James L. Sutter, Death’s Heretic

I have to confess I have a bias against game-linked fantasy books. Far too often, in my experience, the game mechanics and the game world take precedence over the story. Even when the author is a well-known fantasy writer, the results can be deadly.

Death’s Heretic is linked to the Pathfinder roleplaying game (which I haven’t played), but I had to put my prejudices aside. This isn’t just a novelization of a game arc. Of course, the book does show off some of the fun elements in the Pathfinder universe — or rather, multiverse, since much of the story takes plane on alternate planes. But there’s much more to it than that, because Salim, its protagonist, is a fascinating, effectively-drawn character.

As the tale progresses, we gradually learn what has turned Salim from a priest-hunter who despises all gods into a servant of the Goddess of Death (whom he still despises.) He is presented with enough restraint that we don’t burn out on or react negatively to his story, but also with enough deftness that he is sympathetic (though it would be very easy to have made a character with his traits and history into an antihero or even a villain.)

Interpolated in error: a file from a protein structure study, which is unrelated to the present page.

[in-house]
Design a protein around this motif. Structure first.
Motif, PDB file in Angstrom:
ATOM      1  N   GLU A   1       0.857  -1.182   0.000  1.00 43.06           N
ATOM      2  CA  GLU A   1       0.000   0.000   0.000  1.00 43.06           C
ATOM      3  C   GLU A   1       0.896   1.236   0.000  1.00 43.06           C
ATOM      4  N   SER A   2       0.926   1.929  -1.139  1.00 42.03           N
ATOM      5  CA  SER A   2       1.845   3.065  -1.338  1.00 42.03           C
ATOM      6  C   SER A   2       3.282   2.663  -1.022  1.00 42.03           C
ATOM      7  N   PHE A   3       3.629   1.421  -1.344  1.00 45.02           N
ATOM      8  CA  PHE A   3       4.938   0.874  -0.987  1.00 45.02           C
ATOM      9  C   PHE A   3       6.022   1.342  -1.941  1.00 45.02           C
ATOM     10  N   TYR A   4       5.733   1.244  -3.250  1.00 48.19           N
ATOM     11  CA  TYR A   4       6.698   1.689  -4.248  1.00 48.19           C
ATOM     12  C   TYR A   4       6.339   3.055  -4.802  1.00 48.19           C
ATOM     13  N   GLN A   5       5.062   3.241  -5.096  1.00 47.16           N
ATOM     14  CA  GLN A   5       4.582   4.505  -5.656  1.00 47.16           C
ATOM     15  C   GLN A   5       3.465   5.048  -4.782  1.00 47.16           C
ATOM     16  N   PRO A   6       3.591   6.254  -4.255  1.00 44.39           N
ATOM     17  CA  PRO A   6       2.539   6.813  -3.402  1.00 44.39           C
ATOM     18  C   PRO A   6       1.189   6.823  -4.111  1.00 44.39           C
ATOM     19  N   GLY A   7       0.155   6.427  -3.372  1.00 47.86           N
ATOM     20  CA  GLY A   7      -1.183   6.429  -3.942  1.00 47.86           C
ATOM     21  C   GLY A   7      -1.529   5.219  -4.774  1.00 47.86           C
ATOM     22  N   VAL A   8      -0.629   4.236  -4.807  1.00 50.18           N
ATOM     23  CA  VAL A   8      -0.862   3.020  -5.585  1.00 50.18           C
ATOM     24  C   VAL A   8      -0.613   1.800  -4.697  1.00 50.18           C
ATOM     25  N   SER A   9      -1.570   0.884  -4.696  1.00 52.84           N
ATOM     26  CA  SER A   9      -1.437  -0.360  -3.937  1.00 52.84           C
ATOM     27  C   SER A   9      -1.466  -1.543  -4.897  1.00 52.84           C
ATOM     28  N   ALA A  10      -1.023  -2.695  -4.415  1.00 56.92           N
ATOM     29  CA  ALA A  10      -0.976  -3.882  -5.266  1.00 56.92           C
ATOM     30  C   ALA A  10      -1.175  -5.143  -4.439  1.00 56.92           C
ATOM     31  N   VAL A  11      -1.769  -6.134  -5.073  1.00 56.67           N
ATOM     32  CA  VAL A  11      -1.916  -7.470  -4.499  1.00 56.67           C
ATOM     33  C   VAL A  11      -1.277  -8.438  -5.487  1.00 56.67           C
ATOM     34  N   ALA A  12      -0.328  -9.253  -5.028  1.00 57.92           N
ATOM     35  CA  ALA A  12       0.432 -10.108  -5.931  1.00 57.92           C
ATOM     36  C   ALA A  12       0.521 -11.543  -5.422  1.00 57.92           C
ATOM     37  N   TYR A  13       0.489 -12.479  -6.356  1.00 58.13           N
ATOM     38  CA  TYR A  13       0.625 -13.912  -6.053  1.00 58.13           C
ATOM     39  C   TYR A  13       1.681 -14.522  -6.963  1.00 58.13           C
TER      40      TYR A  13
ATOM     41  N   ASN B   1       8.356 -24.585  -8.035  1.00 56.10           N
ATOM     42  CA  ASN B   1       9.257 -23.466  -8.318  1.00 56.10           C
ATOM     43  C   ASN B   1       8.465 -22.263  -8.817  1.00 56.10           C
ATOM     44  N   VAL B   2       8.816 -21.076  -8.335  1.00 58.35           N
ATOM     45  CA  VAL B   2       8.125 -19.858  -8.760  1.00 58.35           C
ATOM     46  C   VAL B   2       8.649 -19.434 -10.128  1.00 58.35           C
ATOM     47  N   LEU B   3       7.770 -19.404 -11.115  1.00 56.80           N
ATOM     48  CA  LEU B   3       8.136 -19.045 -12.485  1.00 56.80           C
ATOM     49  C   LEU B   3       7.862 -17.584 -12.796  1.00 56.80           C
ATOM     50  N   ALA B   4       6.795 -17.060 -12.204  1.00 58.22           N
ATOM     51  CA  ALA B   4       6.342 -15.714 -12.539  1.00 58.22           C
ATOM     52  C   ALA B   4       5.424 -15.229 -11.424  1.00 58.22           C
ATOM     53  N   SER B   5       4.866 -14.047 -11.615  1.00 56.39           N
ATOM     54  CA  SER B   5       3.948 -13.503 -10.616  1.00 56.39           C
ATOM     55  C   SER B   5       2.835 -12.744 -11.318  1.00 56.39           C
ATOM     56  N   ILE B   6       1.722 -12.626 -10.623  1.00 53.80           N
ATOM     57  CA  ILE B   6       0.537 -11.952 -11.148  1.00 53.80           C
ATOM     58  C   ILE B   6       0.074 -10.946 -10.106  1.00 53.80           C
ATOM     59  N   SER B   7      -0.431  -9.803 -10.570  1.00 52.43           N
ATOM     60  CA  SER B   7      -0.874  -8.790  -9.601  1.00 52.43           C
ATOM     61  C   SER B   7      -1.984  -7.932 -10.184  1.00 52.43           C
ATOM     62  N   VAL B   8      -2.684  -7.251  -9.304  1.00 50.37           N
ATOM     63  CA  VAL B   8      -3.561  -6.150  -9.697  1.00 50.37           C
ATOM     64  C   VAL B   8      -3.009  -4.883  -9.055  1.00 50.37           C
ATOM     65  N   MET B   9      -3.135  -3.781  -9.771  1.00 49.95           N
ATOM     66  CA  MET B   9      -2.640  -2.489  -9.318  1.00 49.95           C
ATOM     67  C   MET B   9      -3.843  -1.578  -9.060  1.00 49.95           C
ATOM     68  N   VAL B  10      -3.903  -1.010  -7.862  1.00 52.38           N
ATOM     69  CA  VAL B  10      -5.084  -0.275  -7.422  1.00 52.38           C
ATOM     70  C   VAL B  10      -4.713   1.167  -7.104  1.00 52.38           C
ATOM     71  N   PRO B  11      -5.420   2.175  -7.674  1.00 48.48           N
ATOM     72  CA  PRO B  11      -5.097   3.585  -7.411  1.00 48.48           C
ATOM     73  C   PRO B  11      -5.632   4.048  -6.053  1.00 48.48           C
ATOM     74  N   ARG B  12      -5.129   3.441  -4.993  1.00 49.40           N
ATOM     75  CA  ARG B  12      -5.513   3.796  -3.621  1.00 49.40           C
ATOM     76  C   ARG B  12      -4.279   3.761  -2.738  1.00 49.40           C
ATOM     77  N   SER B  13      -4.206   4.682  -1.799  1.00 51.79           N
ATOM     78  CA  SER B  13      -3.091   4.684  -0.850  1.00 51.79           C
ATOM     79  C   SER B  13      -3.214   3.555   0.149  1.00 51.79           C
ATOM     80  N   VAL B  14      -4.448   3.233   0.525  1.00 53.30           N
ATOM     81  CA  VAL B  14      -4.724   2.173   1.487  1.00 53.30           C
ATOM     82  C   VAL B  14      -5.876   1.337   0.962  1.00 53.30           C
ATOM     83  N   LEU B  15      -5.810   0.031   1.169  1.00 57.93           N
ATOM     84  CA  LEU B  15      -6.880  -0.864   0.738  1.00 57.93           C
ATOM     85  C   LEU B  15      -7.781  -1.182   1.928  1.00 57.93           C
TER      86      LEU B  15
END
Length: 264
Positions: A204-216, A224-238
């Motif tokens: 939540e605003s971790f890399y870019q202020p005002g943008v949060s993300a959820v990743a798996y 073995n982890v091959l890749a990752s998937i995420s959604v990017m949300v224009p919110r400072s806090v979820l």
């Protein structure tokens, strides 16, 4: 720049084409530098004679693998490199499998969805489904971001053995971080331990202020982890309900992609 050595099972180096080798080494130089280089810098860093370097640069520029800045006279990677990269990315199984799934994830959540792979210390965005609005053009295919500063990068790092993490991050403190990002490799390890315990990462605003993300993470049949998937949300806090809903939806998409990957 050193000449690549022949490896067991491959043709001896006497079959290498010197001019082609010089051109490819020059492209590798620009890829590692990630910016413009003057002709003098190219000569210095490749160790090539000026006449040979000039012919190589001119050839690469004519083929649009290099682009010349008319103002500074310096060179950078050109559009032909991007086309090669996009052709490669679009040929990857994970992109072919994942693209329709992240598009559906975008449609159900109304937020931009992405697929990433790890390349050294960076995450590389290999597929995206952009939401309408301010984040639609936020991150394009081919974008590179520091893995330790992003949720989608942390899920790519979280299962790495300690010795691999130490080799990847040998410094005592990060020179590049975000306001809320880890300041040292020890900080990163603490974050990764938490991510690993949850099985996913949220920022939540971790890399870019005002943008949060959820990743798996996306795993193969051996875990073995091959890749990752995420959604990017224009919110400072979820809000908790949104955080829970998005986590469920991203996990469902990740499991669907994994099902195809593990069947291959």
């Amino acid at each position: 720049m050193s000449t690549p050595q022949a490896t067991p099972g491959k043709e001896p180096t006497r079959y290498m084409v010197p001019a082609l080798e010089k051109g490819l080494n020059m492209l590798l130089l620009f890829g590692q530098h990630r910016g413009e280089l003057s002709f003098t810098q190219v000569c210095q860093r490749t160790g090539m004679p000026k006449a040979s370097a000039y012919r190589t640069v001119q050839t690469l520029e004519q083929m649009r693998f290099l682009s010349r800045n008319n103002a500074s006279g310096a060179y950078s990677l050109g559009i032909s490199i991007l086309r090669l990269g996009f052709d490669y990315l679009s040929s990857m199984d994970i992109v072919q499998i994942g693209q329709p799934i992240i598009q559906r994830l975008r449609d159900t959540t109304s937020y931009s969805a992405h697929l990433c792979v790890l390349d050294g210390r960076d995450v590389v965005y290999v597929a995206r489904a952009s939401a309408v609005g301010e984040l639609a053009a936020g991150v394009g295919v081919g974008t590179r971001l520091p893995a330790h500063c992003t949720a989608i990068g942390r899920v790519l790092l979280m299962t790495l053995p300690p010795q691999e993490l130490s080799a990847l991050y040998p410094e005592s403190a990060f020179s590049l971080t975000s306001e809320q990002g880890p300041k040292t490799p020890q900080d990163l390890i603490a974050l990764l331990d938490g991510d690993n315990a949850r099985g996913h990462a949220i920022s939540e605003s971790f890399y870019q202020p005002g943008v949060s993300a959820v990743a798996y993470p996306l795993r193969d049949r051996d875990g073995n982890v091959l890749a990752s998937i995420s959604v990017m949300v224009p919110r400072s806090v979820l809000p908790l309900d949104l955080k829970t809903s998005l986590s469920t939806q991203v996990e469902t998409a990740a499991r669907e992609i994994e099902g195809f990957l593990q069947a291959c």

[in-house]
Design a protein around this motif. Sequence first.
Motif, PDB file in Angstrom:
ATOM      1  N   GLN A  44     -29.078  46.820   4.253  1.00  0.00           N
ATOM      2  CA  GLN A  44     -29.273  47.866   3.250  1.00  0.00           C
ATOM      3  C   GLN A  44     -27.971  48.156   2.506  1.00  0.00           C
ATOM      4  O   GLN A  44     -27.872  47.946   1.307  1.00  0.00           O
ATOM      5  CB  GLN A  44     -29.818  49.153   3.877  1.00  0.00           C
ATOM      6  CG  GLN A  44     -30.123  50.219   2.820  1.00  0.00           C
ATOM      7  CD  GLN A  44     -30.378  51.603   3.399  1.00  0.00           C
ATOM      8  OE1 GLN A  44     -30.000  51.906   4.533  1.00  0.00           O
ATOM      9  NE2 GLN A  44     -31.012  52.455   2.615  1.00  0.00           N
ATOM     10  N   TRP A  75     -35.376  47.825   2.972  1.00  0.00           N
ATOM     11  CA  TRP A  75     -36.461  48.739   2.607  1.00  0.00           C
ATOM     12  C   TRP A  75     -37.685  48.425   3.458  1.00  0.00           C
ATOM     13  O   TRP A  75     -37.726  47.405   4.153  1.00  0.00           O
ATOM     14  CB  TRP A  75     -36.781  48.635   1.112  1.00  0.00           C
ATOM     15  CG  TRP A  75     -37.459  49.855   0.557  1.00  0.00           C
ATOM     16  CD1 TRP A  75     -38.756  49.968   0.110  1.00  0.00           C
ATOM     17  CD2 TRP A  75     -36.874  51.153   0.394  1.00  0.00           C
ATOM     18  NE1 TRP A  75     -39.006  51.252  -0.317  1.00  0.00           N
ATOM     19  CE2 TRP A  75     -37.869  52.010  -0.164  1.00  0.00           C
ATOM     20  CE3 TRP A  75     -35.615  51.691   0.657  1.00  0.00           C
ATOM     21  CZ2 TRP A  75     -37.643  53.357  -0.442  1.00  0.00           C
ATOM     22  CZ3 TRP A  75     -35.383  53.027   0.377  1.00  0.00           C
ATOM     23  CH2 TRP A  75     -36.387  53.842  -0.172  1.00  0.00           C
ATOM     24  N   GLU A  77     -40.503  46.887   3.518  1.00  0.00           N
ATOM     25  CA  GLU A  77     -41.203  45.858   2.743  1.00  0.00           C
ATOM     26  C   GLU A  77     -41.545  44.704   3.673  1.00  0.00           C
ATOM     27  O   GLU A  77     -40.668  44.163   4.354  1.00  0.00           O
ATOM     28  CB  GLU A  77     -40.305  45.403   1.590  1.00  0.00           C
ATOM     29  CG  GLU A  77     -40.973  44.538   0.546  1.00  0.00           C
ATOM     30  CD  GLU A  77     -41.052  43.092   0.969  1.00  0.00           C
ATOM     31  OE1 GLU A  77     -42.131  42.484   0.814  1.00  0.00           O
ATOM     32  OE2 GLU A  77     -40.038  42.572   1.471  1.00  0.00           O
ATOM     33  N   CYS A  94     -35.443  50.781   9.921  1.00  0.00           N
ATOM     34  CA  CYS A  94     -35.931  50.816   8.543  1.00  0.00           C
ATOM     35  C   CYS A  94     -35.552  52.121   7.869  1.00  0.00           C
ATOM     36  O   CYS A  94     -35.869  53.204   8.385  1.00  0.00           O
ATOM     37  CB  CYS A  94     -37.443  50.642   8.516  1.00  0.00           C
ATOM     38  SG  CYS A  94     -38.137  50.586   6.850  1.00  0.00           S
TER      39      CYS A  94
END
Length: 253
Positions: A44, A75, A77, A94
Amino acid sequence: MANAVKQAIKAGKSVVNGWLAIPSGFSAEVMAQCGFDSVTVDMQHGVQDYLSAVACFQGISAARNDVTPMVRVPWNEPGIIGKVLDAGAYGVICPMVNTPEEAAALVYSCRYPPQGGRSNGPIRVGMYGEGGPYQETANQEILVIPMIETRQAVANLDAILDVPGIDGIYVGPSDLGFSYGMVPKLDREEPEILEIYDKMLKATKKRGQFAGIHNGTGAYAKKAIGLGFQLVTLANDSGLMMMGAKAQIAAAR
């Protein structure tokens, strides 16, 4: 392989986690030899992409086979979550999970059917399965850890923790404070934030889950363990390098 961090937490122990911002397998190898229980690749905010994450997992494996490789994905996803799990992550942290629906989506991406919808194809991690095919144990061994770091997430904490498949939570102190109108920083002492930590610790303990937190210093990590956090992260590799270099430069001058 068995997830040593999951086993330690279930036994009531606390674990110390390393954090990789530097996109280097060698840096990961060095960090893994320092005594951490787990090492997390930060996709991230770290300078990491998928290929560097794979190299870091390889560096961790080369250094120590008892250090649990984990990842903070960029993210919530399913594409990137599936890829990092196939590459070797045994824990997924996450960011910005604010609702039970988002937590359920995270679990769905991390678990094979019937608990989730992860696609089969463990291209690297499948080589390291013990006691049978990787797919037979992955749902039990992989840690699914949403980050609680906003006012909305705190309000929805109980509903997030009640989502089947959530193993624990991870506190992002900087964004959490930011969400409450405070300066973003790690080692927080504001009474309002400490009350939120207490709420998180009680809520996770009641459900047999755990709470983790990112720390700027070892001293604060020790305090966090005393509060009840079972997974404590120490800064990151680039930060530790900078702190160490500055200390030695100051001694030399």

You get a fast-moving adventure, a fantasy feast with all the trimmings, but you also get a character study that will haunt you long after you’ve forgotten most of the events in the plot.

Salim. Here’s wishing him peace, knowing he is unlikely ever to be at peace, with himself or with his place in the world.

Death’s Heretic is available from Paizo Publishing. I got a copy of it at Book Expo America, and have no other connection with the author or the publisher.

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